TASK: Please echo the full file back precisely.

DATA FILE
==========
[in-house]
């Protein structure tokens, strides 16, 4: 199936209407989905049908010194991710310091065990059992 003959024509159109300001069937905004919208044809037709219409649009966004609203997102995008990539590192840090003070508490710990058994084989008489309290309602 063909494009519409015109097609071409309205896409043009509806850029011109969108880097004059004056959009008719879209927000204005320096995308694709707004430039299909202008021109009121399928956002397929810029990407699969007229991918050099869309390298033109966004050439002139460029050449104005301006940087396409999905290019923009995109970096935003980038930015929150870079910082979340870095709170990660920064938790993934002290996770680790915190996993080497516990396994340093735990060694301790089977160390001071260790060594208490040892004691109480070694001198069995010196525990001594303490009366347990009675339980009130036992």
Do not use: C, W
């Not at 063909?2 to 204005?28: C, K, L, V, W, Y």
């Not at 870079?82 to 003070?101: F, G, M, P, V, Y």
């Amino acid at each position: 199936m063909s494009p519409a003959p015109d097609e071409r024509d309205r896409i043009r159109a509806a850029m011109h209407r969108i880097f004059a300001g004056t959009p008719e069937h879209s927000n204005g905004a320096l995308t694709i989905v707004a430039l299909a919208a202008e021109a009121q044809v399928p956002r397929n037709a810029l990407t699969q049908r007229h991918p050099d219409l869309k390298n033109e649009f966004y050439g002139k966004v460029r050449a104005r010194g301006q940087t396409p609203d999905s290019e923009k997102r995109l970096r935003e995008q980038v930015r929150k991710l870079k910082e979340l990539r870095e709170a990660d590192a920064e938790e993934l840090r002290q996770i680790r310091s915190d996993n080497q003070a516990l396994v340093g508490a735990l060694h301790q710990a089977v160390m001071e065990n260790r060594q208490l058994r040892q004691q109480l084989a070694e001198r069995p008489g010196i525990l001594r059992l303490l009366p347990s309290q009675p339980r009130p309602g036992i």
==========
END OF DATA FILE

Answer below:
[in-house]
């Protein structure tokens, strides 16, 4: 199936209407989905049908010194991710310091065990059992 003959024509159109300001069937905004919208044809037709219409649009966004609203997102995008990539590192840090003070508490710990058994084989008489309290309602 063909494009519409015109097609071409309205896409043009509806850029011109969108880097004059004056959009008719879209927000204005320096995308694709707004430039299909202008021109009121399928956002397929810029990407699969007229991918050099869309390298033109966004050439002139460029050449104005301006940087396409999905290019923009995109970096935003980038930015929150870079910082979340870095709170990660920064938790993934002290996770680790915190996993080497516990396994340093735990060694301790089977160390001071260790060594208490040892004691109480070694001198069995010196525990001594303490009366347990009675339980009130036992």
Do not use: C, W
């Not at 063909?2 to 204005?28: C, K, L, V, W, Y």
């Not at 870079?82 to 003070?101: F, G, M, P, V, Y």
């Amino acid at each position: 199936m063909s494009p519409a003959p015109d097609e071409r024509d309205r896409i043009r159109a509806a850029m011109h209407r969108i880097f004059a300001g004056t959009p008719e069937h879209s927000n204005g905004a320096l995308t694709i989905v707004a430039l299909a919208a202008e021109a009121q044809v399928p956002r397929n037709a810029l990407t699969q049908r007229h991918p050099d219409l869309k390298n033109e649009f966004y050439g002139k966004v460029r050449a104005r010194g301006q940087t396409p609203d999905s290019e923009k997102r995109l970096r935003e995008q980038v930015r929150k991710l870079k910082e979340l990539r870095e709170a990660d590192a920064e938790e993934l840090r002290q996770i680790r310091s915190d996993n080497q003070a516990l396994v340093g508490a735990l060694h301790q710990a089977v160390m001071e065990n260790r060594q208490l058994r040892q004691q109480l084989a070694e001198r069995p008489g010196i525990l001594r059992l303490l009366p347990s309290q009675p339980r009130p309602g036992i």